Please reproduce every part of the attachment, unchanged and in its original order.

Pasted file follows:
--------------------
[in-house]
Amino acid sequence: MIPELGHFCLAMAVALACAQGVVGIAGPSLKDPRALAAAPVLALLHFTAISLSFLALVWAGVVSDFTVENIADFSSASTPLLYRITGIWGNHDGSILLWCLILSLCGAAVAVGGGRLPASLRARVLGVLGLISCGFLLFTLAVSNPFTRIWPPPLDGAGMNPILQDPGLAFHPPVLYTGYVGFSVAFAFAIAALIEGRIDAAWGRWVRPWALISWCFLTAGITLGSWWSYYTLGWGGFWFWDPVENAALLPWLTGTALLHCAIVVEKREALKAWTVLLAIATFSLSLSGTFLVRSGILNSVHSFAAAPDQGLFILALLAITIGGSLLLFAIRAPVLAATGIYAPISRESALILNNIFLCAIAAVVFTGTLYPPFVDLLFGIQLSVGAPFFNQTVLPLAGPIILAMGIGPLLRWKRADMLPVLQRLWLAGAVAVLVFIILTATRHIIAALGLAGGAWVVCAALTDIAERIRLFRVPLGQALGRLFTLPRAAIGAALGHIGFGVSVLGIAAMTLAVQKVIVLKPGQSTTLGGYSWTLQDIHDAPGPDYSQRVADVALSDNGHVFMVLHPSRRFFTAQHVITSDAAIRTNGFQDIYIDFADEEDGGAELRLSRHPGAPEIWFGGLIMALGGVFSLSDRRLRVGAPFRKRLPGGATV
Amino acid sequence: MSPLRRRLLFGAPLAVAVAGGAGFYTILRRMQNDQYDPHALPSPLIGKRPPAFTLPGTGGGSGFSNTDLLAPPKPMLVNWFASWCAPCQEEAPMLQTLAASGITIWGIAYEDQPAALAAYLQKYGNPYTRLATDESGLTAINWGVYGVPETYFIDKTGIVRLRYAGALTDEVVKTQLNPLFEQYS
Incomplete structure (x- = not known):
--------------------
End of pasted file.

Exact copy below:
[in-house]
Amino acid sequence: MIPELGHFCLAMAVALACAQGVVGIAGPSLKDPRALAAAPVLALLHFTAISLSFLALVWAGVVSDFTVENIADFSSASTPLLYRITGIWGNHDGSILLWCLILSLCGAAVAVGGGRLPASLRARVLGVLGLISCGFLLFTLAVSNPFTRIWPPPLDGAGMNPILQDPGLAFHPPVLYTGYVGFSVAFAFAIAALIEGRIDAAWGRWVRPWALISWCFLTAGITLGSWWSYYTLGWGGFWFWDPVENAALLPWLTGTALLHCAIVVEKREALKAWTVLLAIATFSLSLSGTFLVRSGILNSVHSFAAAPDQGLFILALLAITIGGSLLLFAIRAPVLAATGIYAPISRESALILNNIFLCAIAAVVFTGTLYPPFVDLLFGIQLSVGAPFFNQTVLPLAGPIILAMGIGPLLRWKRADMLPVLQRLWLAGAVAVLVFIILTATRHIIAALGLAGGAWVVCAALTDIAERIRLFRVPLGQALGRLFTLPRAAIGAALGHIGFGVSVLGIAAMTLAVQKVIVLKPGQSTTLGGYSWTLQDIHDAPGPDYSQRVADVALSDNGHVFMVLHPSRRFFTAQHVITSDAAIRTNGFQDIYIDFADEEDGGAELRLSRHPGAPEIWFGGLIMALGGVFSLSDRRLRVGAPFRKRLPGGATV
Amino acid sequence: MSPLRRRLLFGAPLAVAVAGGAGFYTILRRMQNDQYDPHALPSPLIGKRPPAFTLPGTGGGSGFSNTDLLAPPKPMLVNWFASWCAPCQEEAPMLQTLAASGITIWGIAYEDQPAALAAYLQKYGNPYTRLATDESGLTAINWGVYGVPETYFIDKTGIVRLRYAGALTDEVVKTQLNPLFEQYS
Incomplete structure (x- = not known):